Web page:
In another area we have already seen what temptation can do with the availability of data is easy to obtain..IRS anyone? Ok so now we have some more algorithms added here for additional translations and interpretations. Would SAP be messing around here if there was not huge hunks of money to be made? Nope. Good video at the link below with folks like NASA, Ford and others trying to figure out what to do with their “big data” and how they don’t even know exactly what they are doing, big chance of loss of context here too.
Big Data/Analytics If Used Out of Context and Without True Values Stand To Be A Huge Discriminatory Practice Against Consumers–More Honest Data Scientists Needed to Formulate Accuracy/Value To Keep Algo Duping For Profit Out of the Game
We hear so much about de-identified data and when you have data profiles for sale, what data base does the buyer have to query it with? You should realize that the data is making more than one trip from A to B. As B takes the data and queries it with other data bases and sells it to C. Now C may take this new data base and with what they have purchased and already have in house, they just might be pretty successful at re-identifying the data with a little data scientist or data base tech type work. It happens a lot. You just don’t know how many trips around the horn it makes once it leaves Verizon. That's how this happens, see the link below, how did my data get out there…duh?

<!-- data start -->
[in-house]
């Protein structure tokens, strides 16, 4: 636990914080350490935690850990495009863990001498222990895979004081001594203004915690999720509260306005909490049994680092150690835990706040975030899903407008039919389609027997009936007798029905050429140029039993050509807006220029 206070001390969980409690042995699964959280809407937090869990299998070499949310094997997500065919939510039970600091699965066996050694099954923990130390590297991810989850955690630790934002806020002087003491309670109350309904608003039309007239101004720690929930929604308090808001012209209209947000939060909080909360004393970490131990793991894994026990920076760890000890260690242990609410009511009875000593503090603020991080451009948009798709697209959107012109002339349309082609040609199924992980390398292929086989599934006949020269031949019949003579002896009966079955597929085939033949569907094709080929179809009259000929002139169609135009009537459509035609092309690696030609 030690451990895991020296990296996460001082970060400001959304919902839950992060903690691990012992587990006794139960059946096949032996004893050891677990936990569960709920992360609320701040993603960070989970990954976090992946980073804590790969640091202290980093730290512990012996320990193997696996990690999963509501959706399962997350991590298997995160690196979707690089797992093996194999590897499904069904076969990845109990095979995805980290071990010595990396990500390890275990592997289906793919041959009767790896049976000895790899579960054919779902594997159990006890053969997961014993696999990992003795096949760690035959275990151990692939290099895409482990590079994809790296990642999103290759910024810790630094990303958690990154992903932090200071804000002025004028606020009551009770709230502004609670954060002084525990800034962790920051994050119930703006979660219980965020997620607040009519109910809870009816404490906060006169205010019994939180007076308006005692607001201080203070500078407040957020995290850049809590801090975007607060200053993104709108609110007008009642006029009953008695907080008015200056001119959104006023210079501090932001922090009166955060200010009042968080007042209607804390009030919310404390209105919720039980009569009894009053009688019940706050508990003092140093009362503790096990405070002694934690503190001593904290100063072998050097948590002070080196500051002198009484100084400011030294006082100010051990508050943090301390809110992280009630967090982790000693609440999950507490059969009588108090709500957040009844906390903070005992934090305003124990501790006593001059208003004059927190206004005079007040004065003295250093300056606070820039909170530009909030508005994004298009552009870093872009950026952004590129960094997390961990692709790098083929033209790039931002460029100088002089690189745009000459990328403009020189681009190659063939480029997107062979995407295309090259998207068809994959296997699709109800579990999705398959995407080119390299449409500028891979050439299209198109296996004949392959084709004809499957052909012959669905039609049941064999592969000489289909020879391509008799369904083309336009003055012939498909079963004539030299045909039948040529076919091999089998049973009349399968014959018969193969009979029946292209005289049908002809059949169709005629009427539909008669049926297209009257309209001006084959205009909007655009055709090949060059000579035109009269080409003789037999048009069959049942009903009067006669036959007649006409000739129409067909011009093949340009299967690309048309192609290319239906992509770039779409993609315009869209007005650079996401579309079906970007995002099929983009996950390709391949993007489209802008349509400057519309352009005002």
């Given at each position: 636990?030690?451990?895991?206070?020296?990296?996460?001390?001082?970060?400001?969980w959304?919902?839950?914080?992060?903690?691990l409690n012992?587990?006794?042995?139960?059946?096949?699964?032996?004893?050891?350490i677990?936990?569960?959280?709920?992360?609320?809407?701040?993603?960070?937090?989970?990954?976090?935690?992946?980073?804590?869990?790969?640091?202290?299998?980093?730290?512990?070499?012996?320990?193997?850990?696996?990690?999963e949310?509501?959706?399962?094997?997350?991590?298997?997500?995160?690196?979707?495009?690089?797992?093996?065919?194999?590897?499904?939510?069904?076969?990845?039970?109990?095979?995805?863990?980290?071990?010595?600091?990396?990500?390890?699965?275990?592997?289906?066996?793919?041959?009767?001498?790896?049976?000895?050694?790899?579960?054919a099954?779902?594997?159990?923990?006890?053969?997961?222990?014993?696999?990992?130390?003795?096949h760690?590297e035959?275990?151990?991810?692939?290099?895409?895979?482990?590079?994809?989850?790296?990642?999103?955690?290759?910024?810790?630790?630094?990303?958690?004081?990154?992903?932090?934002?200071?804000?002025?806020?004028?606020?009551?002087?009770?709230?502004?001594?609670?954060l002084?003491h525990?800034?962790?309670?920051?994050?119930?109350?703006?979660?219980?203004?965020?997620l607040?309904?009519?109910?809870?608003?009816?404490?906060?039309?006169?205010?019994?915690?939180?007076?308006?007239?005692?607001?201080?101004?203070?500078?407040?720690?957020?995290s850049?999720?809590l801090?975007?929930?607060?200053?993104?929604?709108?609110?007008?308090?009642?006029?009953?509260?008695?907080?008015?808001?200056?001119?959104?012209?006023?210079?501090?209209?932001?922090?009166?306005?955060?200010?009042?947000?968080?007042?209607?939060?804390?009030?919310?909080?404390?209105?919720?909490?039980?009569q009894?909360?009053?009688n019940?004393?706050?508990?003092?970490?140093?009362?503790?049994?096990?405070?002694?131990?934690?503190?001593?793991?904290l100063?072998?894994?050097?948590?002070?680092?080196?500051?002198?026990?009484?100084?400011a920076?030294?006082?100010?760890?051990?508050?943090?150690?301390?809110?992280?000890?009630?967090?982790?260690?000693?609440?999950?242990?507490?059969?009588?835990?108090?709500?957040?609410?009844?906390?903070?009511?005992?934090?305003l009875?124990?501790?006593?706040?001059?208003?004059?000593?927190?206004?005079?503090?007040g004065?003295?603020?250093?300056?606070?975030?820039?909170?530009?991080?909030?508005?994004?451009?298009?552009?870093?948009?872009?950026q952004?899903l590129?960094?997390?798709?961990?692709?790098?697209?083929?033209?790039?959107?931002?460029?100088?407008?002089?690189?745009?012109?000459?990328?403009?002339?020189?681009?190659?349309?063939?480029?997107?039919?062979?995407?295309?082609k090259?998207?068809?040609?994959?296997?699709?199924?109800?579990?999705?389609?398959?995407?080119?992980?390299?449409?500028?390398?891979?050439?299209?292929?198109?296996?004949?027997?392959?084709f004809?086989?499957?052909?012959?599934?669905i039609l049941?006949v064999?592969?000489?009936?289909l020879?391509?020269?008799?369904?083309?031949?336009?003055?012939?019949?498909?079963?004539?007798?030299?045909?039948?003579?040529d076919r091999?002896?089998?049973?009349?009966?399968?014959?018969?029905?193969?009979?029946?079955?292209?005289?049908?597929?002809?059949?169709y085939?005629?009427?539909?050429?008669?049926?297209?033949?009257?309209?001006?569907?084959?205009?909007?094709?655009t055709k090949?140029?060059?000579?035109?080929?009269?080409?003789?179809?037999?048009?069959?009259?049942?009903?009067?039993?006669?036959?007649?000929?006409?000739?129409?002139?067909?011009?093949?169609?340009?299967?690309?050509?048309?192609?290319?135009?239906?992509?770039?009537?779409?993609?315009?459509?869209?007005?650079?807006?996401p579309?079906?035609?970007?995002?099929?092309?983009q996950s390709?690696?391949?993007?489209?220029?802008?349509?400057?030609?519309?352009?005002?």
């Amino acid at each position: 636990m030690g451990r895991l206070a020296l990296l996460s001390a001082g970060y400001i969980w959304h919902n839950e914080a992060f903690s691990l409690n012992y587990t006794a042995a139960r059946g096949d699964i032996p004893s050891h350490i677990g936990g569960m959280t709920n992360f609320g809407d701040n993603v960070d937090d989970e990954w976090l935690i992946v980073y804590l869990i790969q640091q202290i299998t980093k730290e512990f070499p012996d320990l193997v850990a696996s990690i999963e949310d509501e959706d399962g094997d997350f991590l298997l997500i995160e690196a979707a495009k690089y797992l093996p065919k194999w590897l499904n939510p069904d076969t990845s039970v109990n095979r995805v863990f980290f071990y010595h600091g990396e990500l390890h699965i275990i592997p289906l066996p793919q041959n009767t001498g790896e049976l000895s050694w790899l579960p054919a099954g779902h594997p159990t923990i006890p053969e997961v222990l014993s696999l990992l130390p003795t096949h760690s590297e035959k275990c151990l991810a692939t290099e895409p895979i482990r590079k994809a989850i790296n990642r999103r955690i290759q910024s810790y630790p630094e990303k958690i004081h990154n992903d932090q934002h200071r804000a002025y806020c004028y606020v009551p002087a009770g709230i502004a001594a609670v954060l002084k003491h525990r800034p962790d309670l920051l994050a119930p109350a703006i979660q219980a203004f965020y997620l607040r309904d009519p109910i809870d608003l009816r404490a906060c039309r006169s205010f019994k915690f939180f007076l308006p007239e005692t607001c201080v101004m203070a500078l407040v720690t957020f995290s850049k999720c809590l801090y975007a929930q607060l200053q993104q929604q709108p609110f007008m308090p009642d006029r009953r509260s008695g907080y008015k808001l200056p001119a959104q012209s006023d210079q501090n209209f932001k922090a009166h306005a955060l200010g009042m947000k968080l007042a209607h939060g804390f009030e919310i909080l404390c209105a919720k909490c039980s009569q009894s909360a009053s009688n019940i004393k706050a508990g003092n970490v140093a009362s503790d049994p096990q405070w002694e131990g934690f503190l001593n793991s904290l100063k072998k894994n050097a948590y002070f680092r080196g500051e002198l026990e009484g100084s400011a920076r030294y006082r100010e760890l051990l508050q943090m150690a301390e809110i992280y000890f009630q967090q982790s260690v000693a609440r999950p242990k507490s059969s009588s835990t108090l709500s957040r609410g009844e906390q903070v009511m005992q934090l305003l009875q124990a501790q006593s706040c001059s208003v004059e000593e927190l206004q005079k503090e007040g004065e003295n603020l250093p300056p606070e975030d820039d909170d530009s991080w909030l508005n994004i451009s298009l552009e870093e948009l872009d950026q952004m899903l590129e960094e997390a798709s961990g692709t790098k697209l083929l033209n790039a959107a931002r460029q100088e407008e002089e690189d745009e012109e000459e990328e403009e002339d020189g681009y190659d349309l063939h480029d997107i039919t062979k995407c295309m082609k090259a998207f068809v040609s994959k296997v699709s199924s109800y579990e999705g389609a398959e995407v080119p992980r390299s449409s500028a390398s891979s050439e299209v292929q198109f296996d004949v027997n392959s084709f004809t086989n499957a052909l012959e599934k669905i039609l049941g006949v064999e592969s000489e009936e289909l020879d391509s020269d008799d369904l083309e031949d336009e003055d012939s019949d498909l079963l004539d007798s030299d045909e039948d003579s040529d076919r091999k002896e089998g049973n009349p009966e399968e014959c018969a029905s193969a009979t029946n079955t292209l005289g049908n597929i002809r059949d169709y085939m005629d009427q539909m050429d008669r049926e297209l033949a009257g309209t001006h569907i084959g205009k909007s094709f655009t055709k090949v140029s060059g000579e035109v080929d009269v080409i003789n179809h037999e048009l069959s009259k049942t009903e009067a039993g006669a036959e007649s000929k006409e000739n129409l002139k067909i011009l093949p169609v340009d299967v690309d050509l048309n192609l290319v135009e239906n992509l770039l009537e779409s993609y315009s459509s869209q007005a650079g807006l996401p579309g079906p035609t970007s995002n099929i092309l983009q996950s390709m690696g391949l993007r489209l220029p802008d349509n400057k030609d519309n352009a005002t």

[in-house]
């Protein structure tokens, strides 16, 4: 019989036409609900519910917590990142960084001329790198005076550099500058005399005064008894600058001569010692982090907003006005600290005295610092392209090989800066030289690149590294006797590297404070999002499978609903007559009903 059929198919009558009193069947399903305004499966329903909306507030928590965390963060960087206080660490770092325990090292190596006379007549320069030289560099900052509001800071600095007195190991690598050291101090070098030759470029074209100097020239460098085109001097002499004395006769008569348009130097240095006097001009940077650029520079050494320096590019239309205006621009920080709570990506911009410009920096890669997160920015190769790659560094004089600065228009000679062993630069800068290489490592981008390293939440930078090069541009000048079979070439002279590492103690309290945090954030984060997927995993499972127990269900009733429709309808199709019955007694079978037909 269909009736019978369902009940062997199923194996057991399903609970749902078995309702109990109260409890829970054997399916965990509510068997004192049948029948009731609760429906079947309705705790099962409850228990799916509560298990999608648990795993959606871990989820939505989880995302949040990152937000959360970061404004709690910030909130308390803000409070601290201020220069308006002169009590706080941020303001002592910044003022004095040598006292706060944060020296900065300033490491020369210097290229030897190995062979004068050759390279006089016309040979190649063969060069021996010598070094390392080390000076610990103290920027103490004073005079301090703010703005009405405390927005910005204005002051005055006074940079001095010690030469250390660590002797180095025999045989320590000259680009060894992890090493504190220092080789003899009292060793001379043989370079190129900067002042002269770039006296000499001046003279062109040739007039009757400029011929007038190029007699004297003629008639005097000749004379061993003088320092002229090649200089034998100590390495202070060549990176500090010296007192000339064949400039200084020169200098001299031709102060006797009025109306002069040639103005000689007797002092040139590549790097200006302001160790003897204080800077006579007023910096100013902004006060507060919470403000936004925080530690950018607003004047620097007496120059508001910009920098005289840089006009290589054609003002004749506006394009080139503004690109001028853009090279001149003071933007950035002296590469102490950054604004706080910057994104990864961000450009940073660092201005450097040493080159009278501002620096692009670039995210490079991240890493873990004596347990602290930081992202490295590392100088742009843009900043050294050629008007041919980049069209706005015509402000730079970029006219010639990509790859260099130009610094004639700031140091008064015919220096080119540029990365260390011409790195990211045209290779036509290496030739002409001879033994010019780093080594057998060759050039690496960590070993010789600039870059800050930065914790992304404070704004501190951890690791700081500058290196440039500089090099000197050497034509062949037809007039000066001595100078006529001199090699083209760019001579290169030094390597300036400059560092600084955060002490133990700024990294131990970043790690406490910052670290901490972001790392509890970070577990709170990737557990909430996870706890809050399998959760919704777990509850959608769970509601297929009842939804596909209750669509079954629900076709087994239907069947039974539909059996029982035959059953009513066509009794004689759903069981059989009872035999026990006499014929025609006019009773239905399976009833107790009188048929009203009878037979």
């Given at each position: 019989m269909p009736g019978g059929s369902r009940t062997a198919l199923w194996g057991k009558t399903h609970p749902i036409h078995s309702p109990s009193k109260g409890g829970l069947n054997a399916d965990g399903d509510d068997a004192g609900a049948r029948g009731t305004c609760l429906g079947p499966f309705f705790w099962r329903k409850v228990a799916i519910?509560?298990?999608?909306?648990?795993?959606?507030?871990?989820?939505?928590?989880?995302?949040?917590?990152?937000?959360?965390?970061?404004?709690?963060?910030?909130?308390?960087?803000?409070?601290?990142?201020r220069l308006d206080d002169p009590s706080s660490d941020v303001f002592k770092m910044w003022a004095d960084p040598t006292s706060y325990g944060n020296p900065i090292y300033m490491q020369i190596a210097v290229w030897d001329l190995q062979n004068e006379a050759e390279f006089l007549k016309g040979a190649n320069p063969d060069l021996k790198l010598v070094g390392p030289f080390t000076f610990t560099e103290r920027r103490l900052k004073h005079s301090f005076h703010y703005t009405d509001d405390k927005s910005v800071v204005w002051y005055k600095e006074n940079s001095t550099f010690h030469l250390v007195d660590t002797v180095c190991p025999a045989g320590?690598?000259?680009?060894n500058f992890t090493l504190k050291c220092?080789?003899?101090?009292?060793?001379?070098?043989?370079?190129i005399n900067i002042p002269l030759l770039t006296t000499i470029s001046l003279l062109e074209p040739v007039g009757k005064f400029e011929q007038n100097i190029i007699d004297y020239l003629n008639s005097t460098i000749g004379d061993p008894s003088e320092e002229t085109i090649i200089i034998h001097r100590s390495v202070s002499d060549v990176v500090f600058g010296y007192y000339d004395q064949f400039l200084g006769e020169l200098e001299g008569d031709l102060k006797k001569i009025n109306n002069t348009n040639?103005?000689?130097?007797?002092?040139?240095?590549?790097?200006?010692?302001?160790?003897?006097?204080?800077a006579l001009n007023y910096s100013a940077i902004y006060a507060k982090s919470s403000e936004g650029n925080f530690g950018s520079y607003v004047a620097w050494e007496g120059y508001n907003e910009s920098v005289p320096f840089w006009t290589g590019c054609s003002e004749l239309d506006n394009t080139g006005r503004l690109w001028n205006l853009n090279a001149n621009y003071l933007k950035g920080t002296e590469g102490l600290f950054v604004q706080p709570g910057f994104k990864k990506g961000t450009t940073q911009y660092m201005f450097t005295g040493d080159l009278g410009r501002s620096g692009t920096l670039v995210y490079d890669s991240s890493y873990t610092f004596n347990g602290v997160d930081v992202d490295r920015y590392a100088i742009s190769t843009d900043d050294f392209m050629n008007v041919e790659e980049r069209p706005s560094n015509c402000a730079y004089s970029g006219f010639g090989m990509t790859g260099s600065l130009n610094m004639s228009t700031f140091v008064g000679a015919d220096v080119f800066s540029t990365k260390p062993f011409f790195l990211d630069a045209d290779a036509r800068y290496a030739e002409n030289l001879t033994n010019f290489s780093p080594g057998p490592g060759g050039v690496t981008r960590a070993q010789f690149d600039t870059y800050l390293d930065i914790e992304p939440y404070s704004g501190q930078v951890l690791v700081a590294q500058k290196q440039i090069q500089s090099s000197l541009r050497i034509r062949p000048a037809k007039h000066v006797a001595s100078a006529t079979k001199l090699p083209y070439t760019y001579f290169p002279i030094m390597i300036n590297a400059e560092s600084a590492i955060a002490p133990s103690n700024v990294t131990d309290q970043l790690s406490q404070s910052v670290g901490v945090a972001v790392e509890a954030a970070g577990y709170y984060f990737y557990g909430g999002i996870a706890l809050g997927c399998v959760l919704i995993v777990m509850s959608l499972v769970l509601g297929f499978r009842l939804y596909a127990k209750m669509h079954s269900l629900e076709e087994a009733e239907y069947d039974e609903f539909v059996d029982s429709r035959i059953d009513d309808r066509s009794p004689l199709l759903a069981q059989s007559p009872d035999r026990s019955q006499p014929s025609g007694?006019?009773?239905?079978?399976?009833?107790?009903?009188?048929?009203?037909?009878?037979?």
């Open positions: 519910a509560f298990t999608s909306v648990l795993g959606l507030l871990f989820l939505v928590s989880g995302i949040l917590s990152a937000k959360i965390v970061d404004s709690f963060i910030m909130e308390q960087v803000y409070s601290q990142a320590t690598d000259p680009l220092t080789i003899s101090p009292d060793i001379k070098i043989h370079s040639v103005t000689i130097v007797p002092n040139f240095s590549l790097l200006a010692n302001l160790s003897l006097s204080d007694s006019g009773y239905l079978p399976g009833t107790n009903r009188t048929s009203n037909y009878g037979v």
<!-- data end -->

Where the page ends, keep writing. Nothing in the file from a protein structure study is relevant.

Data Floating Around the Web and You Don’t Know How It Got There? Time to License and Excise Tax Data Sellers–Identify “Flawed Data” Epidemic At The Root of the Problem
“But she didn’t know which company had collected and shared the data in the first place, so she didn’t know how to have her entry removed from the original marketing list. “
This is why we need to license and excise tax data sellers as we don’t know how many times our data or the profiles made about us are resold. New tools for matching, anyone want to toss in a FacePrint? Of course when data is flawed and full of errors, consumers are free labor for banks and companies as we are stuck doing it on our own dime as we get denied something along the line if we don’t.
Licensing and Excise Taxing Data Sellers, Facial Recognition Yet One More Tool Used To Secure & Match Data - The Epidemic, Billions in Profits for Banks and US Corporations Using Killer Algorithms to Further Erode Consumer Privacy